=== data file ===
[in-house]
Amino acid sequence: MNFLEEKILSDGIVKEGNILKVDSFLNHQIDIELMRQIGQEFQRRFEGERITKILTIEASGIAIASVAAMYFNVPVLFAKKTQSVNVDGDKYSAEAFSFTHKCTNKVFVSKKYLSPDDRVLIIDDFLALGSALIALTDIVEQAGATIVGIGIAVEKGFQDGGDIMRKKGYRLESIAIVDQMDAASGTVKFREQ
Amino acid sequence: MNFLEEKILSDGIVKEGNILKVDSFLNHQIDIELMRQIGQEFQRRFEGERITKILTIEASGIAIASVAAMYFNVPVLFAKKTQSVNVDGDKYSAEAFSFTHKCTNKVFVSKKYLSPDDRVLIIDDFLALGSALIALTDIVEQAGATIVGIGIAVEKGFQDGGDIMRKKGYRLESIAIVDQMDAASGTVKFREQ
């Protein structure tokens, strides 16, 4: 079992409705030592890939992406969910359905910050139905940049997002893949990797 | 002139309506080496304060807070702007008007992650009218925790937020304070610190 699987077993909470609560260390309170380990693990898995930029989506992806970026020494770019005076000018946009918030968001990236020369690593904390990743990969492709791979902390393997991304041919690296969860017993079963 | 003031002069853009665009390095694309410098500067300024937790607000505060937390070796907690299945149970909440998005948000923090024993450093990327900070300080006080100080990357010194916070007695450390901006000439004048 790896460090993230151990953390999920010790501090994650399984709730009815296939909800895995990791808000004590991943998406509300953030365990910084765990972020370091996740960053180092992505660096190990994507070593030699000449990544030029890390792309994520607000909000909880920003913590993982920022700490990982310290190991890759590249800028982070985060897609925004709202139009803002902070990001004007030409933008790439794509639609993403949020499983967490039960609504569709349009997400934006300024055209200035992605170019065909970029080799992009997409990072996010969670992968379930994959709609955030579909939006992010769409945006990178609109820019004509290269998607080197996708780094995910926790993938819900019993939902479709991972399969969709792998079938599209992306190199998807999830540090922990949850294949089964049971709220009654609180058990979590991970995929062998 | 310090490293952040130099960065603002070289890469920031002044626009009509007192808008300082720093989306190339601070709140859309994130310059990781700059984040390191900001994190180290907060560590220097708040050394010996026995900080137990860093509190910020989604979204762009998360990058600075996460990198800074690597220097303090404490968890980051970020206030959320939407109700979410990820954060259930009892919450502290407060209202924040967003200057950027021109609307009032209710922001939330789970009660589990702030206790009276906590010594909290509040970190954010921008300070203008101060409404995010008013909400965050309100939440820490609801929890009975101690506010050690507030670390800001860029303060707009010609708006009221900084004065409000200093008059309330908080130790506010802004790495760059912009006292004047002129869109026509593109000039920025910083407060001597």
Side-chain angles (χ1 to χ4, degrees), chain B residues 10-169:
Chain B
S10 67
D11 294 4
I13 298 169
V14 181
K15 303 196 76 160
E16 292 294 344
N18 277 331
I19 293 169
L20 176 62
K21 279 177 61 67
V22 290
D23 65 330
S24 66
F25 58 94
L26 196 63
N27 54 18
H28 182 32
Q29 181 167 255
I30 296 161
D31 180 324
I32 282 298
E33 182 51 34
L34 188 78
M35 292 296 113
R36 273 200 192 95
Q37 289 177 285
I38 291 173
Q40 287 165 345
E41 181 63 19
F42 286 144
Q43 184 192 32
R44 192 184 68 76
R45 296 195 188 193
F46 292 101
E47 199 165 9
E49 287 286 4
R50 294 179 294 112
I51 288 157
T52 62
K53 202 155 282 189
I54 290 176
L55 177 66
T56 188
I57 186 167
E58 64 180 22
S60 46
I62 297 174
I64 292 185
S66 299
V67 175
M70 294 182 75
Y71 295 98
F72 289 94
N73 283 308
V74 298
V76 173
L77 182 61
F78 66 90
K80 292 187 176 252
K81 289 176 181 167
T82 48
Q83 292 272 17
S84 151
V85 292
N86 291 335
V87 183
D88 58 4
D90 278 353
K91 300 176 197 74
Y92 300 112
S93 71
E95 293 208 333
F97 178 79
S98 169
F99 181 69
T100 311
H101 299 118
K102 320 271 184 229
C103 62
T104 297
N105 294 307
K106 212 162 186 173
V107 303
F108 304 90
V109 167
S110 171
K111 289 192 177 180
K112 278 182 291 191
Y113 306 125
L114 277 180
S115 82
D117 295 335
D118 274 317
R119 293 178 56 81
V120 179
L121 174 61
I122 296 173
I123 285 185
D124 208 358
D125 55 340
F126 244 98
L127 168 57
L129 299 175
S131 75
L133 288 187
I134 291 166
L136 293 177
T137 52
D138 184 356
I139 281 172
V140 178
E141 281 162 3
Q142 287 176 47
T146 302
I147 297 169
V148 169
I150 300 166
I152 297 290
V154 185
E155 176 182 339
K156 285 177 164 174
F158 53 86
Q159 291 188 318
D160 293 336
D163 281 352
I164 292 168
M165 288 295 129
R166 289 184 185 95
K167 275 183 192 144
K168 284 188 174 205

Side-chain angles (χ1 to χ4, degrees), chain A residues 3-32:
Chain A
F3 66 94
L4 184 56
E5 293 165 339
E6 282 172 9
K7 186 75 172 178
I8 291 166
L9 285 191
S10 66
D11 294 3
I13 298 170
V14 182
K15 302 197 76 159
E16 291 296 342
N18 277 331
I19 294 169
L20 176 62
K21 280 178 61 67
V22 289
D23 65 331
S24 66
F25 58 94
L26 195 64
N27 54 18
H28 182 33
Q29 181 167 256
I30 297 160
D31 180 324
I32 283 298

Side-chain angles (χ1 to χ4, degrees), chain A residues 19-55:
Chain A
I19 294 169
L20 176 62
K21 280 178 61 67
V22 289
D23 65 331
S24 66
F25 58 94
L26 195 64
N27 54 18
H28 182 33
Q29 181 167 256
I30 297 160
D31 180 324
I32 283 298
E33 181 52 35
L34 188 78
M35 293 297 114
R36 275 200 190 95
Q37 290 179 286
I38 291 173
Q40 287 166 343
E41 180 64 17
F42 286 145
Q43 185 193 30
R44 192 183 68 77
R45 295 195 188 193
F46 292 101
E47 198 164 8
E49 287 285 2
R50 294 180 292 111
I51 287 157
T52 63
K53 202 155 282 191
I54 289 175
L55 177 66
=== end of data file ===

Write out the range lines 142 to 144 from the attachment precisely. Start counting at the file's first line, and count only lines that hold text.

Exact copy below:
E6 282 172 9
K7 186 75 172 178
I8 291 166